I apologize for not making this as unbiased as possible. I was caught in the heat of the moment, torn between my feelings for the series and my duty to inform everyone of the differences. I'm very sorry, to Nelvana and Kids WB, as well as the readers of ANN. Please accept my humble apology.
Revised: 6/17/00 at 6:45pm EST
Yeah, this is my first editorial, kinda. This is an informal walkthrough of the differences between the first Japanese episode and the first English episode. To understand everything in this article, you need to have viewed the Japanese "Card Captor Sakura" Episode #8, or the English "Cardcaptors" Episode #1. It is not a replacement for watching the series. Also, this is not an editorial, it is an opinionated essay.
Before I begin my discussion of the episode itself, first let me point out that Nelvana has opened up their Cardcaptors website.
You may find it here. It contains a number of interesting links, including "Kero's Corner", which I can only conclude is the English version of the "Kero-chan Check" found at the end of each Japanese episode.
Unfortunately, the site requires Macromedia Flash and the design isn't too impressive, but it does contain tidbits of useful information. Hopefully this will change in the near future as Cardcaptors becomes more popular.
Visiting Nelvana's site made me feel better, after having watched what I consider the worst adaptation of an anime series I have ever seen.
So, let's just take a stroll through the episode, shall we?
The very beginning contained the first cut. Nelvana removed a brief clip of the camera staring at Tokyo Tower before Sakura's outline could be seen.
Before the dream ends, Sakura speaks several times. This was added into the English episode, but helps establish the backstory which would otherwise be missing.
Sakura wakes up from her dream, and we're introduced to... Tori. Sakura's brother (originally named Toya) peeks in the room and comments he's leaving in 10 minutes.. A minor dialogue change occurs -- from "monsterous moaning" to "talking with someone" -- which is still a fair translation, as the meaning of the scene is left intact. There weren't any other significant differences between the Japanese and English scripts for this scene, although one may argue the Japanese wording was more direct than the English wording.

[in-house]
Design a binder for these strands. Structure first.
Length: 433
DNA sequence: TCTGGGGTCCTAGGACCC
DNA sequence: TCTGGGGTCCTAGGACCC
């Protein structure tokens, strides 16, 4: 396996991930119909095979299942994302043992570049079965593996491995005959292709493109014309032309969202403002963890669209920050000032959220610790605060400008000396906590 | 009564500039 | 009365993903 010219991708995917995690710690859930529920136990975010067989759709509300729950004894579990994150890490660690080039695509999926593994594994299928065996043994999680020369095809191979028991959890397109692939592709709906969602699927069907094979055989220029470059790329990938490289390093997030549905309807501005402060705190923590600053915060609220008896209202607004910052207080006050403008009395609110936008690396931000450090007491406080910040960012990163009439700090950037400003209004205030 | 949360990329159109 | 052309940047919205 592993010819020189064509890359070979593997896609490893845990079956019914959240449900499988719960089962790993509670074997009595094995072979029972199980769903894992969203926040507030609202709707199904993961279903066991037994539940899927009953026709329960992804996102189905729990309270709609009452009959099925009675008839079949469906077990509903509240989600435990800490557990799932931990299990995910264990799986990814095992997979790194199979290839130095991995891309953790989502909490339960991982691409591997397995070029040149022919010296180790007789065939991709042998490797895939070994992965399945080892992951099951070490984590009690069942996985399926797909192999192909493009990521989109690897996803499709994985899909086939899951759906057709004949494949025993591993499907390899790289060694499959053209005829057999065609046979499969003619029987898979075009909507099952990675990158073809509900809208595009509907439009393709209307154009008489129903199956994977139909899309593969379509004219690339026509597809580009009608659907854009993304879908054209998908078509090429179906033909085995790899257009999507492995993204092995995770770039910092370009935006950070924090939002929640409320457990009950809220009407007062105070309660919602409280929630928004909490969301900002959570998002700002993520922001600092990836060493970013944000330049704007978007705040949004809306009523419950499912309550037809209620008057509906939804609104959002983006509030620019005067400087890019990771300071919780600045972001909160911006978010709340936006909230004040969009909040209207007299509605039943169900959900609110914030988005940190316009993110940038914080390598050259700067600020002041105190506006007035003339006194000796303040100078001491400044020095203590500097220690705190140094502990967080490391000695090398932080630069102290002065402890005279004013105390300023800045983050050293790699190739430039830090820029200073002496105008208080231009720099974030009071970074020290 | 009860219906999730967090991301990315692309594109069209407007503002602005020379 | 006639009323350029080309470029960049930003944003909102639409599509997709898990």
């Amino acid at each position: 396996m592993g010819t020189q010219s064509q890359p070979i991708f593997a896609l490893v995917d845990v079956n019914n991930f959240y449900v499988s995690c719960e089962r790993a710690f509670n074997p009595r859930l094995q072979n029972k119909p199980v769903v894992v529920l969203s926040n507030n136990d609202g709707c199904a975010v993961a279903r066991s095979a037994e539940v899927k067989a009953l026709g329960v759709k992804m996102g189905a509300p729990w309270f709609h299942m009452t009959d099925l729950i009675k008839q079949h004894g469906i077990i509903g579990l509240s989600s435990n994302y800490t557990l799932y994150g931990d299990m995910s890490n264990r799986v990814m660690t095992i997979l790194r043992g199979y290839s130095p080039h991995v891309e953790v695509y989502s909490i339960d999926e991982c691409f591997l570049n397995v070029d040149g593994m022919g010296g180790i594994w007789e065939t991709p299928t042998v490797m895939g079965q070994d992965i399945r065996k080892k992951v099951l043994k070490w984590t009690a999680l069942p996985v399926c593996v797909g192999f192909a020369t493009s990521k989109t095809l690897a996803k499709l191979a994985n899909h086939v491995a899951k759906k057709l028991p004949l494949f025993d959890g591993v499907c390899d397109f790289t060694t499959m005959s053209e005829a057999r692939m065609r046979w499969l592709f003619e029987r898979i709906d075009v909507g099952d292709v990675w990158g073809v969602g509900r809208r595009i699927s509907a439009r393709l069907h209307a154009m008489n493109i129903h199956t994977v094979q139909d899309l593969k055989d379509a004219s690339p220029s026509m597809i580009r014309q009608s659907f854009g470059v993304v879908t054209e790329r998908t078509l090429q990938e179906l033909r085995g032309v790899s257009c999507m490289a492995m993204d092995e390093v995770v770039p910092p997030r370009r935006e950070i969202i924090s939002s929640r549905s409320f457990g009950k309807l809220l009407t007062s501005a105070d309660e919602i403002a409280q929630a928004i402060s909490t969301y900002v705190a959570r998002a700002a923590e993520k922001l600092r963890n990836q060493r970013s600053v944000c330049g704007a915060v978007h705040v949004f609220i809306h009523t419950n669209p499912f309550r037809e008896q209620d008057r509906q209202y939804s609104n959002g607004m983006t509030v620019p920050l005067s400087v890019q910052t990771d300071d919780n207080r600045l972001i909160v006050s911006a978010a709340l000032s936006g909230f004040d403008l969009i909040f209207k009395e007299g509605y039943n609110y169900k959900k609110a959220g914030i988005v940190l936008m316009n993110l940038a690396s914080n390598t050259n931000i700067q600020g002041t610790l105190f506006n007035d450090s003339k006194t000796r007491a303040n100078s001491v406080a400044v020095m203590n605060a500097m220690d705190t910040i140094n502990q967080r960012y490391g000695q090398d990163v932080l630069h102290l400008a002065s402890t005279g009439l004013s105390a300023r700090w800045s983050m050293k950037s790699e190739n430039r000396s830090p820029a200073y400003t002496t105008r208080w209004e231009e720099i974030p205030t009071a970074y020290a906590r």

By now, you may have noticed that the background music is a constant "sinister" drone. There is no orchestra, there is no happy music, and there certainly isn't "Catch You, Catch Me". Instead, as Sakura races out the door, we hear a faint background vocal piece which is as close to "girl" music as the show gets. Unfortunately, it's too soft to hear the words, so the importance of the piece is lost.. and then the sinister background music returns.
While discussing dreams, Yukito (now known as Julian) mentions he dreamt of french toast for breakfast. To their credit, Nelvana would have alienated more viewers if they left the line unaltered, because Yukito ate fish for breakfast in the Japanese version.
As they part ways in the Japanese version, Yukito tosses Sakura a candy. Once inside the school room, Tomoyo discusses the significance of the candy with Sakura. This scene was cut entirely. Instead, they introduce Madison (Tomoyo) and her love of cameras. This would've been simpler to do if they had started by airing the Japanese Episode #1 .. but considering this is Japanese Episode #8, it needs to be introduced somewhere. It was best for the series to introduce Madison's hobbies as quickly as possible, and so Nelvana did that.
Interestingly enough, right at this moment, the quality of the broadcast dropped to something that looked MPEG'ed. At first, I thought the dialogue about the cameras was used to cover up the fact it looked poor. Some people on rec.arts.anime.misc think it's sunspots, however. I'm not so certain, but it sounds reasonable. It's not Nelvana's fault the sun is reaching a Solar Maximum.